Job order costing accumulates and records costs by job and assists managers in evaluating actual and expected costs related to direct materials, direct labor, and factory overhead costs.
An excellent example is provided in the opening vignette of the textbook for this chapter, Washburn Guitars. A job order cost system is ideal due to the nature, design, and uniqueness of each guitar built for a musician, such as Paul Stanley from the rock band KISS. Costs associated with the creation of a guitar include direct materials such as wood and strings, direct labor of the employees who build, assemble, and test the guitar. Additionally, the factory overhead costs such as the plant where the guitar is manufactured, the insurance on the plant, taxes, and all other indirect costs. After the costs are accumulated for Mr. Stanley’s guitar, Washburn Guitars would then price the guitar to achieve a profit (selling price greater than the costs).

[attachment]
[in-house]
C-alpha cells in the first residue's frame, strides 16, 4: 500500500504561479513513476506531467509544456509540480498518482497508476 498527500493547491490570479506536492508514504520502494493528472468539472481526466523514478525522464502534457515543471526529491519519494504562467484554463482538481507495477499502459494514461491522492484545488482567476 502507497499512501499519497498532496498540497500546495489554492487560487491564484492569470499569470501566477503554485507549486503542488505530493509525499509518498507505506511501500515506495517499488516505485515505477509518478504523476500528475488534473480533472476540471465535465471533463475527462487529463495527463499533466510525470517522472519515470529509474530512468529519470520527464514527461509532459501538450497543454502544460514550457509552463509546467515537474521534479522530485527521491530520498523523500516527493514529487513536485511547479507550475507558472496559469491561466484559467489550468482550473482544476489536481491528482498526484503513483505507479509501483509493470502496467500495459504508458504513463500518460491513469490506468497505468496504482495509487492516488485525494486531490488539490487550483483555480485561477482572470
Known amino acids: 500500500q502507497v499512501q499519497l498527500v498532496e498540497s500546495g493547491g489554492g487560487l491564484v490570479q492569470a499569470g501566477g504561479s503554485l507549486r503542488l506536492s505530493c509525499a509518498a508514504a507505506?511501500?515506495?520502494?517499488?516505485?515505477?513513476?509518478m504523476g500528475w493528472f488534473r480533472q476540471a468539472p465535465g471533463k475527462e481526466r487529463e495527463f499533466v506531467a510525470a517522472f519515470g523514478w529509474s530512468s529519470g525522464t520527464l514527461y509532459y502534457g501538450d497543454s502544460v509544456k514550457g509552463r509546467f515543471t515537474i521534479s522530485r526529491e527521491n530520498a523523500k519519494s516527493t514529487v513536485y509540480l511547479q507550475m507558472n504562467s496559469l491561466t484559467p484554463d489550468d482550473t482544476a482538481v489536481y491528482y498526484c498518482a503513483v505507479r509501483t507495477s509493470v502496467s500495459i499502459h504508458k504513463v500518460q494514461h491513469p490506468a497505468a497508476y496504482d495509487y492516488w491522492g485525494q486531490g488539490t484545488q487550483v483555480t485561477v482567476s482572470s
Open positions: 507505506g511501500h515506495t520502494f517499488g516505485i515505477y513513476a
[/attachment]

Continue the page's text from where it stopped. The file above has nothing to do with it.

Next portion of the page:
Select a company that would employ a job order costing system. Research the company and discuss why a job order costing system is the ‘correct’ fit for that organization. Discuss a product the company sells and discuss what direct and indirect costs would be included on the job cost sheet.
Follow the minimum requirements for discussion board posts located in the general discussion area. Recall, those are the minimum requirements, more posts are always encouraged.